How To Make An Awesome Shirt From A Wool Blanket Have you ever heard anyone say invest in wool? Well I would, It’s getting more and more expensive and it has so much potential when SHTF. Wool is just fantastic… There are several kinds of blends of wool you need to watch out for! There …
If I’m outdoors, chances are I’m wearing wool. The WeatherWool Boonie™ is a hat to consider for cool, wet weather.
by Leon Pantenburg
I was sent this hat to review, and I will send it back after completing field testing. At the time of publication, WeatherWool™ has no sponsorship relationship with Survivalcommonsense.com.
Us follicle-challenged males who go outdoors become hat lovers. That’s my situation. I’m not completely bald – to my surprise – but with my DNA, a shiny head is inevitable.
So any time I go outside, I’m wearing some sort of head covering. In the fall and early winter that will probably mean a wool hat. I have a collection.
My most-used outdoor hat is a hunter orange Bailey. I got it in 1991 after starting hunting backcountry elk and deer in Idaho. That hat has been all over, and protected my head from rain, sleet, snow, hail and sun. It’s been folded, crumpled up in a tent, stepped on, wadded up and suffered serious use and abuse.
But I wore it in October on an Oregon deer hunt, and despite my wife’s persistent, ongoing campaign, have no plans to get rid of it.
A good wool hat is an investment for the outdoorsperson. My favorite style is a wide-brimmed hat, with a 2-1/2 to 4-inch brim. The 4-inch is best for rainy weather – it protects my glasses, and the back will drip off or hit the middle of my back on my rain gear. The shorter brim is great for urban settings, or when bow hunting in swampy, deciduous forests.
So the 100 percent wool Weatherwool Boonie Hat™ has potential.
There are a lot of reasons for wearing wool clothing. (Here’s several.) But in a nutshell:
- Wool is very fire resistant. Polypropylene and other synthetics will melt when a spark from the campfire hits them.
- Wool is warm when wet, breathes well and insulates as well or better than just about anything.
- Wool can be an organic, renewable and sustainable material with a tiny carbon footprint. Synthetics and plastics use petroleum.
- Wool sweaters and pants can be cheap and they are easily available – check out your local surplus store for bargains. Look for wool sweaters at thrift stores and garage sales.
- Wool garments seldom need cleaning, and when they do, a simple hand wash with mild soap will generally do the job.
Here’s the good stuff about the WeatherWool Boonie:
Design: The Boonie is made completely of FullWeight Fabric.
I wore the Boonie to walk my dog one night when it was windy and in the low 20s. It kept my head warm enough, but my ears got cold. Obviously, those conditions required a full-blown arctic quality head covering. The Boonie should be great in cool fall and spring weather.
Style: The Boonie hat has a shapeless, floppy brim, and many people, including some of our hardcore, elite military personnel, like it.
As my wife and daughter will verify, I don’t give a rip about what outdoor clothing looks like, as long as it does its job. (I have an ongoing struggle with my wife as she seeks to find and get rid of perfectly good outdoor clothing, just because it shows a little wear.)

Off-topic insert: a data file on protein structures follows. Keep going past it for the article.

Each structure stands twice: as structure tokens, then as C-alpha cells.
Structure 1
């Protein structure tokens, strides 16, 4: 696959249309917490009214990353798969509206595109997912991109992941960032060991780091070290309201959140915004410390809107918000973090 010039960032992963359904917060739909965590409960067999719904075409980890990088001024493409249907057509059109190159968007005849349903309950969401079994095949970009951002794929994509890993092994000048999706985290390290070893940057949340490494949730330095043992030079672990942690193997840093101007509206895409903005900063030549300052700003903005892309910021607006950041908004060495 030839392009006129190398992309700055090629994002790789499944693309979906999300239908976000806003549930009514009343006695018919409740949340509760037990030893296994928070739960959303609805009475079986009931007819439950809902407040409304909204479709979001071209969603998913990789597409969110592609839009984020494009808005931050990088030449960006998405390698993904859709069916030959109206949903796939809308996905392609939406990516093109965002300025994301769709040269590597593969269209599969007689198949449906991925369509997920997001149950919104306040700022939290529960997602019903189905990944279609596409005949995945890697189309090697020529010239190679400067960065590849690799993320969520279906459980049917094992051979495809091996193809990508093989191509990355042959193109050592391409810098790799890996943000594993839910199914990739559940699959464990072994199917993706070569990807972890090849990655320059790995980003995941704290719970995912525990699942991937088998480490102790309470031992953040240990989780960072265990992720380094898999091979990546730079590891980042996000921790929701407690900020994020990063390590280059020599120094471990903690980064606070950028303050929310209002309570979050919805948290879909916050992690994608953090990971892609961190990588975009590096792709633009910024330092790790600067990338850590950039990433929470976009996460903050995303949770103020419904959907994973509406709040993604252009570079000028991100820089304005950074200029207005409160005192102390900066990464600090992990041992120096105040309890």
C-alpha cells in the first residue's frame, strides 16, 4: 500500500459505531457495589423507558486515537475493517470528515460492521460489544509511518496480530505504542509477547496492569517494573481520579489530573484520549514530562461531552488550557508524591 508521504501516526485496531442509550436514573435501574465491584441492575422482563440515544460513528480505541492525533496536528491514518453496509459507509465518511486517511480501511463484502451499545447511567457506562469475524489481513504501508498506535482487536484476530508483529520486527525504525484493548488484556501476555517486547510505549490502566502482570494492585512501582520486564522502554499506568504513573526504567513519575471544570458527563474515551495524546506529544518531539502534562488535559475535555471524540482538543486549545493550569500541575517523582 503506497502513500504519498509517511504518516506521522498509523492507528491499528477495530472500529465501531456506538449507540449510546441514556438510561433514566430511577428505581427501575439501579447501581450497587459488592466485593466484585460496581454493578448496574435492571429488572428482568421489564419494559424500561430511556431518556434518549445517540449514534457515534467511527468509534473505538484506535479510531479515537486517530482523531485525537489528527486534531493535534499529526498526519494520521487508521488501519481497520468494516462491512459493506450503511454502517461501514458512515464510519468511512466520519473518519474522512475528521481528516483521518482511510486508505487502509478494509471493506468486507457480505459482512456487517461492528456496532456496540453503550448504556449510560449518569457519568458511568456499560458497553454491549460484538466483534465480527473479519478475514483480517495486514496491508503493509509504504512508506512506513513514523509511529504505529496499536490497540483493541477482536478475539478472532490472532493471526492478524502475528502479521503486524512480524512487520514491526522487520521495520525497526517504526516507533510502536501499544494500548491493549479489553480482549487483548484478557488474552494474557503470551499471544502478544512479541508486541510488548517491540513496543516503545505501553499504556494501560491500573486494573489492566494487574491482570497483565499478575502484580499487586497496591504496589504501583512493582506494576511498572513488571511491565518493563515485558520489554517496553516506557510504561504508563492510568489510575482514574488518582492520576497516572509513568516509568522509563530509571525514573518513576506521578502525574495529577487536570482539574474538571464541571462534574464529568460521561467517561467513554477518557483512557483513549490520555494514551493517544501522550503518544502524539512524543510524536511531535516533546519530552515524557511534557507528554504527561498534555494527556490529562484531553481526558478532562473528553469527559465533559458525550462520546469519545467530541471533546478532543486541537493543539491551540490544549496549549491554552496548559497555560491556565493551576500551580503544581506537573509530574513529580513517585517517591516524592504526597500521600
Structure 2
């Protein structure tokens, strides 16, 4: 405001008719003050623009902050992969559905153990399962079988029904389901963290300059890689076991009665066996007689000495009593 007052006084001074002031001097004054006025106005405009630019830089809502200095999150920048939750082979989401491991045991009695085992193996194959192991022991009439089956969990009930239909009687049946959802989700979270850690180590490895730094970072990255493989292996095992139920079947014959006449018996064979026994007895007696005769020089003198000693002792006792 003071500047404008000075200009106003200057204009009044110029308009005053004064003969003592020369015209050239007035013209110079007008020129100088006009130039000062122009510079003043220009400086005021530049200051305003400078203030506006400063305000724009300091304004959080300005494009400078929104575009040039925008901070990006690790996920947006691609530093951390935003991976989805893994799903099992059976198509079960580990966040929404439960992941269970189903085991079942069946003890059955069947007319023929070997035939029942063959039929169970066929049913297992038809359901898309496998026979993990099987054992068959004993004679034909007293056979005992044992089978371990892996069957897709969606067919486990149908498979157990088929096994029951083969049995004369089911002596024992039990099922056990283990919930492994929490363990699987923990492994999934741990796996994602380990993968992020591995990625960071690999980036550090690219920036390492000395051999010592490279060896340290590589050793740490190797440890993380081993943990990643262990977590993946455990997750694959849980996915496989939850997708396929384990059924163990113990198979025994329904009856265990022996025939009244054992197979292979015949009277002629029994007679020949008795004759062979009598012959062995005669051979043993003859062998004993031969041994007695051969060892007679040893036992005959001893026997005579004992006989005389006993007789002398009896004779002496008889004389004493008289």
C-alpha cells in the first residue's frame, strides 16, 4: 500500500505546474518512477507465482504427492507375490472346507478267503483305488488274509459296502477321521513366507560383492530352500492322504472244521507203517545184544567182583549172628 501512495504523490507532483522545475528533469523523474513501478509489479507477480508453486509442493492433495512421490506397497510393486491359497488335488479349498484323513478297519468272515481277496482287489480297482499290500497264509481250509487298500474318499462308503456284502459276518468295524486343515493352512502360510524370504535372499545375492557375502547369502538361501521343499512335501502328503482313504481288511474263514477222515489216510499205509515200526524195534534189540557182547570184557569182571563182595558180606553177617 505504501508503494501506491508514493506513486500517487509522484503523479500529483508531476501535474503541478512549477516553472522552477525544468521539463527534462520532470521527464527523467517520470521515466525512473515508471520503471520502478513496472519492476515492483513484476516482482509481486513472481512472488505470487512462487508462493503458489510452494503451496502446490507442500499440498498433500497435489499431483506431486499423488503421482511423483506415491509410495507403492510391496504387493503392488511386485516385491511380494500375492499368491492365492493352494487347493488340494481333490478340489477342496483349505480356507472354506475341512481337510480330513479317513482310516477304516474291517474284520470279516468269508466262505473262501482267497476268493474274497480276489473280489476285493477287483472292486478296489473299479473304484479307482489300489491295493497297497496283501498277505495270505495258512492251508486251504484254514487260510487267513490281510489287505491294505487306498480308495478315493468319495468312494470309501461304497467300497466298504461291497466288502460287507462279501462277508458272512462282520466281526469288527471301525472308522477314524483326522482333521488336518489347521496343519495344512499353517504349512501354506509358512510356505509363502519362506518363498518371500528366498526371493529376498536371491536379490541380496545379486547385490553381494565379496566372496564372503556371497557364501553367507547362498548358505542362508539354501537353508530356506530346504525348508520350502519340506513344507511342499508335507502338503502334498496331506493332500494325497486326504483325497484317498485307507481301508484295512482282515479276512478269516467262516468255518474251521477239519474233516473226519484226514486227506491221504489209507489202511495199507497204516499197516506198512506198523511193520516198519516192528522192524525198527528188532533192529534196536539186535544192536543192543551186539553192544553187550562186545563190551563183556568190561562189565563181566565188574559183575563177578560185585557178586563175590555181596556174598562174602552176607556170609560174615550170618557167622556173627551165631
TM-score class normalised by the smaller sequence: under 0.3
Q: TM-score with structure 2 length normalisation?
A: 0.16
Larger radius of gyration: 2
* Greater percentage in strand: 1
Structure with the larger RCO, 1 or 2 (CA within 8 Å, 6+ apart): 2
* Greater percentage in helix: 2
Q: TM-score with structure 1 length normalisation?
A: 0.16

But the floppy, Boonie style hat looks sloppy to me, and I look like a dork wearing one. After all, Gilligan wore a boonie with a 2-inch brim. I don’t like how the short, floppy brim can funnel water down my neck.
And Jed Clampett wore a floppy wide-brim hat, designed to make him look like a hillbilly.
Now, I’m OK with that hillbilly look. (Actually, Jed is one of my role models, and I admire his survival skills, wisdom and business acumen. Great time for a “Deliverance” joke…)
But I want a stiffer brim on that outdoor hat that will shed moisture and protect my head from the sun and rain. If I were investing in a hat, I would make sure it had a stiff brim. If necessary, the Boonie brim can be starched to make it stiffer.
Tall crown: The Boonie has a taller crown, designed to help keep your ears warm. It is possible to wear the hat a high on your head. Then, if necessary, it can be pulled down to cover the tops of your ears to keep them warm. The idea is hat the brim can also be pulled down along the sides to provide more protection.
That technique will work in cooler temperatures, but the Boonie is not a winter hat for cold weather.
Color: The Boonie comes in four different colors to blend in with various scenarios. I like the cammo pattern. It isn’t too radical, and it fits in well in urban situations. Get a solid black color if you are anticipating blending into an urban setting.
Quality: This is evident from looking at the tightness of the cloth weave, quality stitching, and overall design. Weather Wool makes quality products.
Made in the U.S.A: All WeatherWool products are made in the United States of American wool. Everybody in the wool production, manufacturing, sales and distribution chain makes a living wage, pays local, state and federal taxes, and contributes to their community. Buy American!
Do you need a WeatherWool Boonie?
Everyone needs some sort of head covering outdoors. There is tremendous heat loss through the head, and some sort of insulation on the head is needed to keep a person from getting sunstroke or overheated in hot sun.